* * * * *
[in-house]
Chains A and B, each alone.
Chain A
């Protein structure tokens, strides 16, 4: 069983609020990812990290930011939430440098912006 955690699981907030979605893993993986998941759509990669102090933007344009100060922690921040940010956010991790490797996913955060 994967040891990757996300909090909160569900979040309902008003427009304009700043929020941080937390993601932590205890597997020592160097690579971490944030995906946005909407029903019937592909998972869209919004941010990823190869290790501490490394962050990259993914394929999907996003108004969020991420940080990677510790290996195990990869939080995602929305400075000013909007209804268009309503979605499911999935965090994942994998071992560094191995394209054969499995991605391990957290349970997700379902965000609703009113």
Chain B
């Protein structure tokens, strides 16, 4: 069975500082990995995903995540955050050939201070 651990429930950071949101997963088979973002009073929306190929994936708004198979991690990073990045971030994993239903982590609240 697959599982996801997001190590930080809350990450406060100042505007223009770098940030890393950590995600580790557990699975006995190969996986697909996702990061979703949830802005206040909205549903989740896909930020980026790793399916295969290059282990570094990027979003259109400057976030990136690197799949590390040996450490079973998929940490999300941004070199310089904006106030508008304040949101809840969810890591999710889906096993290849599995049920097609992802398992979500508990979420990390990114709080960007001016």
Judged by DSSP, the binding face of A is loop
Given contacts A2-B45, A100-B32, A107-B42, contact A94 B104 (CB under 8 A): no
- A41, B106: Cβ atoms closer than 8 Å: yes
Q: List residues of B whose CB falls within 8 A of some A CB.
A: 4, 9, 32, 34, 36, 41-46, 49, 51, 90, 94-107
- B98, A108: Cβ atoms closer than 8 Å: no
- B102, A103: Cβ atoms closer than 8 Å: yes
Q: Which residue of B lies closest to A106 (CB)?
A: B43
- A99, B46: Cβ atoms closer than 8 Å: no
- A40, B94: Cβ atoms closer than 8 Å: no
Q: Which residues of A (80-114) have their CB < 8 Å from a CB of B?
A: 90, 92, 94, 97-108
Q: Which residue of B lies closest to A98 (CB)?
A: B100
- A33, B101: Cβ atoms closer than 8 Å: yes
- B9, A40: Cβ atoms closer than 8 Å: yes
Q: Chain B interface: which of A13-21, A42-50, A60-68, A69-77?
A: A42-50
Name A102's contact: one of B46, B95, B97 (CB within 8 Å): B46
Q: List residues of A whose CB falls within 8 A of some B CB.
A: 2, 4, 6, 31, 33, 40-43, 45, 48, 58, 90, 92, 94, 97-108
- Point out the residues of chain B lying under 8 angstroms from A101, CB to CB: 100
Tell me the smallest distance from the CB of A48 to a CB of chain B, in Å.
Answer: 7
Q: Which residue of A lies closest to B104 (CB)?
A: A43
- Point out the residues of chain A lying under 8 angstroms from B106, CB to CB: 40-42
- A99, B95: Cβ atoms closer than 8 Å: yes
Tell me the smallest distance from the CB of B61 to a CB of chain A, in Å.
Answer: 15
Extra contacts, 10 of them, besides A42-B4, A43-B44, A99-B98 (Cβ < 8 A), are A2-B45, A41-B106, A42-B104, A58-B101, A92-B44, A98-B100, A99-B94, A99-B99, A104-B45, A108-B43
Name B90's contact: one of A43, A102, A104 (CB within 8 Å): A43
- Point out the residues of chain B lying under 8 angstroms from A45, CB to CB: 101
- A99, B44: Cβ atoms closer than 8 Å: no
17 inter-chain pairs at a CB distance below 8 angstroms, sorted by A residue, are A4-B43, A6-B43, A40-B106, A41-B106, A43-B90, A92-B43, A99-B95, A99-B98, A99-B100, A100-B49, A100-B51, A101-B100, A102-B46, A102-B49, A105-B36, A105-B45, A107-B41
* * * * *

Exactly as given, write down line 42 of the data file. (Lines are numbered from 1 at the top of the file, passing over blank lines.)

17 inter-chain pairs at a CB distance below 8 angstroms, sorted by A residue, are A4-B43, A6-B43, A40-B106, A41-B106, A43-B90, A92-B43, A99-B95, A99-B98, A99-B100, A100-B49, A100-B51, A101-B100, A102-B46, A102-B49, A105-B36, A105-B45, A107-B41